Central banks mull setting up own cryptocurrencies

Updated January 22, 2020

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The debate over digital currencies has intensified after Facebook’s announcement last year that it would set up a new cryptocurrency, the Libra. — Reuters/File
The debate over digital currencies has intensified after Facebook’s announcement last year that it would set up a new cryptocurrency, the Libra. — Reuters/File

ZURICH: A group of central banks on Tuesday said they would discuss creating their own digital currencies — as Facebook prepares to launch a cryptocurrency and China’s state bank steps up plans for electronic money.

The Switzerland-based Bank for International Settlements (BIS), considered the central bank of central banks, announced the creation of the new group in a statement.

The working group will include the European Central Bank, as well as the central banks of Britain, Canada, Japan, Sweden and Switzerland, the statement said.

The statement said that participants would "assess the potential cases for central bank digital currency (CBDC) in their home jurisdictions".

They will look at "economic, functional and technical design choices, including cross-border interoperability; and the sharing of knowledge on emerging technologies".

The group will be co-chaired by Benoit Coeure, head of the BIS Innovation Hub, and Jon Cunliffe, deputy governor of the Bank of England.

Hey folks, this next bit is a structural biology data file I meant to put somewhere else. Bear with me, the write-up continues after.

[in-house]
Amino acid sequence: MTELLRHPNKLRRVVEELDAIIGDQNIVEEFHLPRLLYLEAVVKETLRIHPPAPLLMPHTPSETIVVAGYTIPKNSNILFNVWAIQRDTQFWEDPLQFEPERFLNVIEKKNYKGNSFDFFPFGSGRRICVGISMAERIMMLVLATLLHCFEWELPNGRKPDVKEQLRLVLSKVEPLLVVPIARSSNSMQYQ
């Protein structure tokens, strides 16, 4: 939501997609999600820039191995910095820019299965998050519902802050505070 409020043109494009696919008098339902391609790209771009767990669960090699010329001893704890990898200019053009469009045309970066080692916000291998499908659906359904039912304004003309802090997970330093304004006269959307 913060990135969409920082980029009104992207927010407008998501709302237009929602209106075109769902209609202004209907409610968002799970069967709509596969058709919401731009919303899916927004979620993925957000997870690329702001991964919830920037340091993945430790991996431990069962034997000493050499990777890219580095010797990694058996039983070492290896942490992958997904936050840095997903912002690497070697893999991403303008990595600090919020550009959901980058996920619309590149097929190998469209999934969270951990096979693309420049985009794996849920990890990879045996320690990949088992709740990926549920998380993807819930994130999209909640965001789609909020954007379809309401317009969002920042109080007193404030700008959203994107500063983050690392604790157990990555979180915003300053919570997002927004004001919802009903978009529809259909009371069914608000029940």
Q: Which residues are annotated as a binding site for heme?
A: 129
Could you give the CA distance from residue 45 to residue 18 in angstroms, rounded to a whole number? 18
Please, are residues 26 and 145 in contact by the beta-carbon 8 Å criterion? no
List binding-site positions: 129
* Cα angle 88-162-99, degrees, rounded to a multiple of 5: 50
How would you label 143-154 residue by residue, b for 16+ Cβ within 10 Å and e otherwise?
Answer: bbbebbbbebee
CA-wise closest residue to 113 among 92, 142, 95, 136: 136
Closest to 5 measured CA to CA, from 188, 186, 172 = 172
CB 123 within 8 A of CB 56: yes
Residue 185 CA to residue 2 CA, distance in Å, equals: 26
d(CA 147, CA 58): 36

Sweden’s Riksbank, the world’s oldest central bank, has been one of the first to investigate the possible launch of its own digital currency; in its case an "e-krona". It has considered the move due to a decline in the use of cash in Sweden.

China also wants to launch its own electronic currency — one that could allow the government and the central bank to see what people spend their money on.

In a report in 2018, the BIS said the launch of cryptocurrencies by central banks had potential benefits such as increasing efficiency but could also have a detrimental impact, including exposing banking centres to a greater risk of fraud and cyber attacks.

The debate over digital currencies has intensified after Facebook’s announcement last year that it would set up a new cryptocurrency, the Libra.

Central bankers and policymakers have voiced concern about the project because of its implications for financial stability, data protection and the fight against money laundering.

Published in Dawn, January 22nd, 2020